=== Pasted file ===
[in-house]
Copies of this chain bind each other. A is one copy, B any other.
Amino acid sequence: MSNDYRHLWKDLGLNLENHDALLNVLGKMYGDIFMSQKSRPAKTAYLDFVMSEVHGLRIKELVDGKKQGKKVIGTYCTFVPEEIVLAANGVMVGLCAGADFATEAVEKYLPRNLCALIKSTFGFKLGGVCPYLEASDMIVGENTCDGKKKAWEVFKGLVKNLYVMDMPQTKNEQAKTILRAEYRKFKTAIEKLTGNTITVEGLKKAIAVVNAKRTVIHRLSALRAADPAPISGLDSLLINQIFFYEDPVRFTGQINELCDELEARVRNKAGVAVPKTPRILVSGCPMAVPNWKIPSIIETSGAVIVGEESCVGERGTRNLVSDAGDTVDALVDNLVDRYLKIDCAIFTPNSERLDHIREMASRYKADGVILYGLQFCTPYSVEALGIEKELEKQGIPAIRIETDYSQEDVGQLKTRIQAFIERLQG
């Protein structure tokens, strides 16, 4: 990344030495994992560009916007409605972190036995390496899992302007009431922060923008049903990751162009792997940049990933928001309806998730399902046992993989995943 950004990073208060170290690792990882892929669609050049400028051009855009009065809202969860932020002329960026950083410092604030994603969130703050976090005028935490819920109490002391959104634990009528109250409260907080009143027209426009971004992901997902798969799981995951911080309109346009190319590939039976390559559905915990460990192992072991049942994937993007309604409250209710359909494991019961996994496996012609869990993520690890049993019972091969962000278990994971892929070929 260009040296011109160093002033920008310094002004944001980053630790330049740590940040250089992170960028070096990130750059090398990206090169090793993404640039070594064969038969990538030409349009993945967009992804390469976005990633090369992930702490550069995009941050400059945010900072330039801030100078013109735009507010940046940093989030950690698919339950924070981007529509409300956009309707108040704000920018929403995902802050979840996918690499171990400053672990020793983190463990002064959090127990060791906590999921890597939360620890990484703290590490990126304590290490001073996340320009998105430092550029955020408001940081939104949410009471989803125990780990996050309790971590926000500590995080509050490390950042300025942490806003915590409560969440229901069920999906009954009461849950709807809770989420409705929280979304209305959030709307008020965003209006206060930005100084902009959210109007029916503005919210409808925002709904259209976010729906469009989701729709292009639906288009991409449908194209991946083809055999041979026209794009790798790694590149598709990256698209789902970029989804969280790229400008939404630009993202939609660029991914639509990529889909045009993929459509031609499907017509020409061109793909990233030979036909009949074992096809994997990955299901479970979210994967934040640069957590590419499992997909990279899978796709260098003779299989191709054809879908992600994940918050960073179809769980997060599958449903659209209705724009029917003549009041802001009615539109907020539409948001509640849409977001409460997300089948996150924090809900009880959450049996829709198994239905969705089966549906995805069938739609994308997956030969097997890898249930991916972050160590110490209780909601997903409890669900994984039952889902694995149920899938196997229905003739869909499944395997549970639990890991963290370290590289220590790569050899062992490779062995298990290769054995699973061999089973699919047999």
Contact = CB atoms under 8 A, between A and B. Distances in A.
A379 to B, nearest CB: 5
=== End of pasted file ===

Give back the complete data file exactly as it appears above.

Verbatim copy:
[in-house]
Copies of this chain bind each other. A is one copy, B any other.
Amino acid sequence: MSNDYRHLWKDLGLNLENHDALLNVLGKMYGDIFMSQKSRPAKTAYLDFVMSEVHGLRIKELVDGKKQGKKVIGTYCTFVPEEIVLAANGVMVGLCAGADFATEAVEKYLPRNLCALIKSTFGFKLGGVCPYLEASDMIVGENTCDGKKKAWEVFKGLVKNLYVMDMPQTKNEQAKTILRAEYRKFKTAIEKLTGNTITVEGLKKAIAVVNAKRTVIHRLSALRAADPAPISGLDSLLINQIFFYEDPVRFTGQINELCDELEARVRNKAGVAVPKTPRILVSGCPMAVPNWKIPSIIETSGAVIVGEESCVGERGTRNLVSDAGDTVDALVDNLVDRYLKIDCAIFTPNSERLDHIREMASRYKADGVILYGLQFCTPYSVEALGIEKELEKQGIPAIRIETDYSQEDVGQLKTRIQAFIERLQG
């Protein structure tokens, strides 16, 4: 990344030495994992560009916007409605972190036995390496899992302007009431922060923008049903990751162009792997940049990933928001309806998730399902046992993989995943 950004990073208060170290690792990882892929669609050049400028051009855009009065809202969860932020002329960026950083410092604030994603969130703050976090005028935490819920109490002391959104634990009528109250409260907080009143027209426009971004992901997902798969799981995951911080309109346009190319590939039976390559559905915990460990192992072991049942994937993007309604409250209710359909494991019961996994496996012609869990993520690890049993019972091969962000278990994971892929070929 260009040296011109160093002033920008310094002004944001980053630790330049740590940040250089992170960028070096990130750059090398990206090169090793993404640039070594064969038969990538030409349009993945967009992804390469976005990633090369992930702490550069995009941050400059945010900072330039801030100078013109735009507010940046940093989030950690698919339950924070981007529509409300956009309707108040704000920018929403995902802050979840996918690499171990400053672990020793983190463990002064959090127990060791906590999921890597939360620890990484703290590490990126304590290490001073996340320009998105430092550029955020408001940081939104949410009471989803125990780990996050309790971590926000500590995080509050490390950042300025942490806003915590409560969440229901069920999906009954009461849950709807809770989420409705929280979304209305959030709307008020965003209006206060930005100084902009959210109007029916503005919210409808925002709904259209976010729906469009989701729709292009639906288009991409449908194209991946083809055999041979026209794009790798790694590149598709990256698209789902970029989804969280790229400008939404630009993202939609660029991914639509990529889909045009993929459509031609499907017509020409061109793909990233030979036909009949074992096809994997990955299901479970979210994967934040640069957590590419499992997909990279899978796709260098003779299989191709054809879908992600994940918050960073179809769980997060599958449903659209209705724009029917003549009041802001009615539109907020539409948001509640849409977001409460997300089948996150924090809900009880959450049996829709198994239905969705089966549906995805069938739609994308997956030969097997890898249930991916972050160590110490209780909601997903409890669900994984039952889902694995149920899938196997229905003739869909499944395997549970639990890991963290370290590289220590790569050899062992490779062995298990290769054995699973061999089973699919047999």
Contact = CB atoms under 8 A, between A and B. Distances in A.
A379 to B, nearest CB: 5